applicable to a given data set, while confidence determines how frequently items in Y

appear in transactions that contain X. The formal definitions of these metrics are

Support s(X------->Y) = ∂(XUY) 4.1

Confidence C(X------>Y) = ∂(XUY) 4.2

Formulation of Association Rule Mining Problem The association rule mining problem

can be formally stated as follows:

Definition 4.1 (Association Rule Discovery). Given a set of transactions T , find all the rules

having support ? minsup and confidence ? minconf, where minsup and minconf are the

corresponding support and confidence thresholds.

From Equation 4.2, notice that the support of a rule X -→ Y depends only on the support of

its corresponding itemset, X ∩ Y . For example, the following rules have identical support

because they involve items from the same itemset,

{Beer, Diapers, Milk}:

{Beer, Diapers} -→{Milk}, {Beer, Milk} -→{Diapers},

{Diapers, Milk} -→{Beer}, {Beer} -→{Diapers, Milk},

{Milk} -→{Beer,Diapers}, {Diapers} -→{Beer,Milk}.

If the itemset is infrequent, then all six candidate rules can be pruned immediately without

our having to compute their confidence values. Therefore, a common strategy adopted by many

association rule mining algorithms is to decompose the problem into two major subtasks:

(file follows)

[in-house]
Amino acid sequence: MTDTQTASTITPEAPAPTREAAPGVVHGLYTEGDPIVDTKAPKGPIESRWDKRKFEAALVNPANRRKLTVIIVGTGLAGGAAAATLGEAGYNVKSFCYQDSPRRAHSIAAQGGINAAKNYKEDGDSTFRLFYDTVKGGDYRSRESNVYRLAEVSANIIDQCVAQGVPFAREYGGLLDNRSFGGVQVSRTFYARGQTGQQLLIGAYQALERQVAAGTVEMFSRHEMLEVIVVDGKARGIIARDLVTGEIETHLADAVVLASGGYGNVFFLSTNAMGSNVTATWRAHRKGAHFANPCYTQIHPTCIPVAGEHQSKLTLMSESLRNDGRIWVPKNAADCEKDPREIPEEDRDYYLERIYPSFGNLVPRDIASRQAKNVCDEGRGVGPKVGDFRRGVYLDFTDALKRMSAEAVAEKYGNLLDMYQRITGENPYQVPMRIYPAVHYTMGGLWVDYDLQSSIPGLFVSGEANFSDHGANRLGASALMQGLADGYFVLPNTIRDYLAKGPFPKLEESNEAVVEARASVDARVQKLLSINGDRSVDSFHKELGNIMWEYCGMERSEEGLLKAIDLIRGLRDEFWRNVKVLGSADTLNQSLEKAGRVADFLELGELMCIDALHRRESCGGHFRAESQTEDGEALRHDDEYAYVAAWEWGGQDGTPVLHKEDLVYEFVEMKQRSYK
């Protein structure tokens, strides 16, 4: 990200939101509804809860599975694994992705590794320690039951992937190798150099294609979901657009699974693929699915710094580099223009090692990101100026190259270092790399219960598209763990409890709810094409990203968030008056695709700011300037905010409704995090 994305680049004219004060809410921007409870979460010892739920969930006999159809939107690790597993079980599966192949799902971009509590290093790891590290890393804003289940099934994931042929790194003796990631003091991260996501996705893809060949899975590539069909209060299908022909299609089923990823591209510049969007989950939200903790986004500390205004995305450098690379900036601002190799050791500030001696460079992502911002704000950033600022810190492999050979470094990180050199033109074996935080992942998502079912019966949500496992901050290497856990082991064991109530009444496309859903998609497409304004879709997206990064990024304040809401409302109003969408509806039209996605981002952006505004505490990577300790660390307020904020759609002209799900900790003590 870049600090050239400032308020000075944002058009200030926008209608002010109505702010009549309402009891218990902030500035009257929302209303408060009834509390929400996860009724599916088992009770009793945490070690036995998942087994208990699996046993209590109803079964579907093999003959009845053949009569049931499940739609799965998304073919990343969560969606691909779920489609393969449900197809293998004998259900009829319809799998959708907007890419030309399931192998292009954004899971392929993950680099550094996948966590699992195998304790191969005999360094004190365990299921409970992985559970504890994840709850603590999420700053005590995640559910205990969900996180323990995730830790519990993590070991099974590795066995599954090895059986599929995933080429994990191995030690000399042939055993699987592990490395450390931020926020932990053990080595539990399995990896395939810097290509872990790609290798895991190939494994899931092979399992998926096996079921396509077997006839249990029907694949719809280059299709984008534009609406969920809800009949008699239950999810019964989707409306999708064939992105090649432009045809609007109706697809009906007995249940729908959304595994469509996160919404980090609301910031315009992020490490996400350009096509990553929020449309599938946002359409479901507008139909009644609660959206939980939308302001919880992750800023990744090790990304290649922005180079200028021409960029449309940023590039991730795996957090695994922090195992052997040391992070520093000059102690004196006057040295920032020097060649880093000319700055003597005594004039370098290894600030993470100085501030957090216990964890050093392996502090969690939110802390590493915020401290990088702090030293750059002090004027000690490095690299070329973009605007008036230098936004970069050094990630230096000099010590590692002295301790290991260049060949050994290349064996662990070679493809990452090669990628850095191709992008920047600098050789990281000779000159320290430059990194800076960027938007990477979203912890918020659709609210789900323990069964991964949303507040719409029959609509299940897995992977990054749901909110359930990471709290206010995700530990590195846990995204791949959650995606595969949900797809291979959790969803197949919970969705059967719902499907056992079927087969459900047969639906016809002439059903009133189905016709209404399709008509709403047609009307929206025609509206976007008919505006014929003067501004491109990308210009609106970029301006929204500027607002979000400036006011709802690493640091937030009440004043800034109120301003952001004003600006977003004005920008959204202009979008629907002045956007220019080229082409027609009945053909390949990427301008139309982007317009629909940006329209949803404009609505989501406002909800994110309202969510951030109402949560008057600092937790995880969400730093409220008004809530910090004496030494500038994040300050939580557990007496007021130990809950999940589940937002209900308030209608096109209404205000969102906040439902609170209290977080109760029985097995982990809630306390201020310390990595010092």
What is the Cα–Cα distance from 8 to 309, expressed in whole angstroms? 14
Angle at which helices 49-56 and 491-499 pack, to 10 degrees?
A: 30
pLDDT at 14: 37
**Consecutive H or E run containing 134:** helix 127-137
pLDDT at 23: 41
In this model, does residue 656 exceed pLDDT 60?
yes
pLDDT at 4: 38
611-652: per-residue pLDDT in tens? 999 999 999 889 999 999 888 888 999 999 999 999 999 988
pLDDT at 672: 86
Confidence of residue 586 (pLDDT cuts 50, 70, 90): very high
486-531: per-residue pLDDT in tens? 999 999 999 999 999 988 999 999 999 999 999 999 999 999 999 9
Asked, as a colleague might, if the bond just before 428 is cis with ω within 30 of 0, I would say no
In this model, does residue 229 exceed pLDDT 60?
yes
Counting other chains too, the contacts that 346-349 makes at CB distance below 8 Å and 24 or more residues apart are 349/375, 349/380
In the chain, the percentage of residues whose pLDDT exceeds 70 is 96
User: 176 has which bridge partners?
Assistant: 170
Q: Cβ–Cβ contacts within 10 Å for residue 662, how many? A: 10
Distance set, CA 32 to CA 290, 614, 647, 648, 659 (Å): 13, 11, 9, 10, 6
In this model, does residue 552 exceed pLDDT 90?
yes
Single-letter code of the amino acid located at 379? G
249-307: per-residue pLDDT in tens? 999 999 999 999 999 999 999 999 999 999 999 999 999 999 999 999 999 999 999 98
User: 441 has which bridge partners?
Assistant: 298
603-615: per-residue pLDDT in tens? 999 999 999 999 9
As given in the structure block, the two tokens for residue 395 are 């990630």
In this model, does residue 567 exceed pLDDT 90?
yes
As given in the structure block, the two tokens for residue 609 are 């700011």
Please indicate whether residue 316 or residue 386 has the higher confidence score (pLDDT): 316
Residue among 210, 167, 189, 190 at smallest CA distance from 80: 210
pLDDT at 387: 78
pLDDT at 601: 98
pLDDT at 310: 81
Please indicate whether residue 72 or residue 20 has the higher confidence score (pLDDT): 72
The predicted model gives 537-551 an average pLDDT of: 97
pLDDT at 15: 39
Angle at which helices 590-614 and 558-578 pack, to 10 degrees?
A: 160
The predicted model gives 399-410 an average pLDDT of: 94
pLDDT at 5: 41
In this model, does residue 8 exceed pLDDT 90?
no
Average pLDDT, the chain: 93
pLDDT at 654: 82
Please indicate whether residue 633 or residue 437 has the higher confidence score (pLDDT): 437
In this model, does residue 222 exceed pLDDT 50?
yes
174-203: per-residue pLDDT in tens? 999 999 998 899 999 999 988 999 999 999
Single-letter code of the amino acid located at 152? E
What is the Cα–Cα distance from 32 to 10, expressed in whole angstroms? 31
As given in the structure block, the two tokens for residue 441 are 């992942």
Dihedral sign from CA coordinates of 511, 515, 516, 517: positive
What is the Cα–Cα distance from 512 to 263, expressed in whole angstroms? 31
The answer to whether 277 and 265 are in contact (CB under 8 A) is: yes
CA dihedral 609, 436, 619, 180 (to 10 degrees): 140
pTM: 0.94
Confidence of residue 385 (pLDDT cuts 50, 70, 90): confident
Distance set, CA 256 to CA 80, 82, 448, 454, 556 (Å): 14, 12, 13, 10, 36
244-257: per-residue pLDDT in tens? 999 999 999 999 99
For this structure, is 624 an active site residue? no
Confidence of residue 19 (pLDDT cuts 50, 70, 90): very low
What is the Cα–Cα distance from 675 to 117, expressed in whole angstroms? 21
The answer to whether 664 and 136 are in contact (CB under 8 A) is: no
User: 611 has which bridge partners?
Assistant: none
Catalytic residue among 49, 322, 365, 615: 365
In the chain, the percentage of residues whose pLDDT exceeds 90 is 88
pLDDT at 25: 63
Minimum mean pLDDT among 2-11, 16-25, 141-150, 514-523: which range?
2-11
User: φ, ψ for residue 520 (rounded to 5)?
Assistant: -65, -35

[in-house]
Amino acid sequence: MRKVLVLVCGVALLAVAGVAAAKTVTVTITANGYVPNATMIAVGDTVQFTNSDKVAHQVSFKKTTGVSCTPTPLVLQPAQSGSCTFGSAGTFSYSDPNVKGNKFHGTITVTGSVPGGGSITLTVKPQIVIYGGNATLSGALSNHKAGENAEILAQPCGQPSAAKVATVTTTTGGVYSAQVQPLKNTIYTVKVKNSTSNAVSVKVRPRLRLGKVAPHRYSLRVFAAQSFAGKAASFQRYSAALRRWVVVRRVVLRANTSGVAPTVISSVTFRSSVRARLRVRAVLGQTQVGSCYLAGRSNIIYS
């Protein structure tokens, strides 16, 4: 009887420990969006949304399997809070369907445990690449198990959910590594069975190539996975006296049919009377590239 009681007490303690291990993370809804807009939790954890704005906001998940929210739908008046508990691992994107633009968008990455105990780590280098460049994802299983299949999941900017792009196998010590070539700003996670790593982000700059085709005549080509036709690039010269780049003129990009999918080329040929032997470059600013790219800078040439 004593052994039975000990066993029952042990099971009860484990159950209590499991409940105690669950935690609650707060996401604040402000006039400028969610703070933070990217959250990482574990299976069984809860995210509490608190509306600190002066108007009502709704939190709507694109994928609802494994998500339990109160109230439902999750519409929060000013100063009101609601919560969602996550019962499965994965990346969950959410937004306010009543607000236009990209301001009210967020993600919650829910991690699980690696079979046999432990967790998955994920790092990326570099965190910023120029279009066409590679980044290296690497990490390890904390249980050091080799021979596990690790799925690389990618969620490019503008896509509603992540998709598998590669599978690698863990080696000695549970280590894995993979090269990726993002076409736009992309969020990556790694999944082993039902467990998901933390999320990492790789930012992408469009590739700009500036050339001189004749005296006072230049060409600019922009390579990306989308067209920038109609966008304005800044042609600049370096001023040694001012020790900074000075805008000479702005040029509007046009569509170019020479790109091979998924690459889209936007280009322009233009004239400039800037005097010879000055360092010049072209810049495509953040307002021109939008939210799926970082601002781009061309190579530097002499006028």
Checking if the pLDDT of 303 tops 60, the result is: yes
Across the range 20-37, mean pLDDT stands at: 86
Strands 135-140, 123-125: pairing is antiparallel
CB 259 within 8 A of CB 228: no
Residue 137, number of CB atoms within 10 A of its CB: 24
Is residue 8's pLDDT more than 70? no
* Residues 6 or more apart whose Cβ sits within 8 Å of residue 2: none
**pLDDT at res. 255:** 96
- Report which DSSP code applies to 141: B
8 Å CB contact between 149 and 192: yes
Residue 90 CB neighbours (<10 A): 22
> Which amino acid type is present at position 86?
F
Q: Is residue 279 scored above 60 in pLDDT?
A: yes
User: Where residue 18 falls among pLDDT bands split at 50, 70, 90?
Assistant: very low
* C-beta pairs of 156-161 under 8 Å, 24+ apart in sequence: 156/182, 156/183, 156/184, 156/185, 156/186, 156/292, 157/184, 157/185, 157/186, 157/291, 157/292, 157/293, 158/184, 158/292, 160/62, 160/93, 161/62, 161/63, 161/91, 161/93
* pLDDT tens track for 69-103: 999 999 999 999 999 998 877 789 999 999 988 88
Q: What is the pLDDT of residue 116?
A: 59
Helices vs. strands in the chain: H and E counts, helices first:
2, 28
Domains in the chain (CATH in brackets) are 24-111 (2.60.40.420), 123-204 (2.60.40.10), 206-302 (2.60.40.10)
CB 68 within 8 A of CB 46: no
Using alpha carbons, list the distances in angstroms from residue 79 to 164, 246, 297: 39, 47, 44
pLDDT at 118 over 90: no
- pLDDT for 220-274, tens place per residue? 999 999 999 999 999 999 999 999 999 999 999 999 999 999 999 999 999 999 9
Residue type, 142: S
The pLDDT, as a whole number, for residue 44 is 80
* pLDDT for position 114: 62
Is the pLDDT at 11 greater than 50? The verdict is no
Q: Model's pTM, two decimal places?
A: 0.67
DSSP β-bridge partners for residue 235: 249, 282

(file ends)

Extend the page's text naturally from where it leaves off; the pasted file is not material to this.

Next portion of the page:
1. Frequent Itemset Generation, whose objective is to find all the item-sets that satisfy the

minsup threshold. These itemsets are called frequent itemsets.

2. Rule Generation, whose objective is to extract all the high-confidence rules from the

frequent itemsets found in the previous step. These rules are called strong rules.

The computational requirements for frequent itemset generation are generally more

expensive than those of rule generation.

Figure 4.1. An itemset lattice.

4.2 Frequent Itemset Generation

A lattice structure can be used to enumerate the list of all possible itemsets. Figure 4.1 shows

an itemset lattice for I = {a, b, c, d, e}. In general, a data set that contains k items can potentially

generate up to 2k - 1 frequent itemsets, excluding the null set. Because k can be very large in

many practical applications, the search space of itemsets that need to be explored is

exponentially large.

A brute-force approach for finding frequent itemsets is to determine the support count for

every candidate itemset in the lattice structure. To do this, we need to compare each candidate

against every transaction, an operation that is shown in Figure 4.2. If the candidate is contained

in a transaction, its support count will be incremented. For example, the support for

{Bread,Milk} is incremented three times because the itemset is contained in transactions 1, 4,

and 5. Such an approach can be very expensive because it requires O(NMw) comparisons, where

N is the number of transactions, M =2k - 1 is the number of candidate itemsets, and w is the

maximum transaction width.

Candidates

Transactions

Items

Bread, Milk

Bread, Diapers, Beer, Eggs

Milk, Diapers, Beer, Coke

Bread, Milk, Diapers, Beer

Bread, Milk, Diapers, Coke

Figure 6.2. Counting the support of candidate itemsets.

There are several ways to reduce the computational complexity of frequent itemset

generation.

1. Reduce the number of candidate itemsets (M). The Apriori principle, described in the next

section, is an effective way to eliminate some of the candidate itemsets without counting their

support values.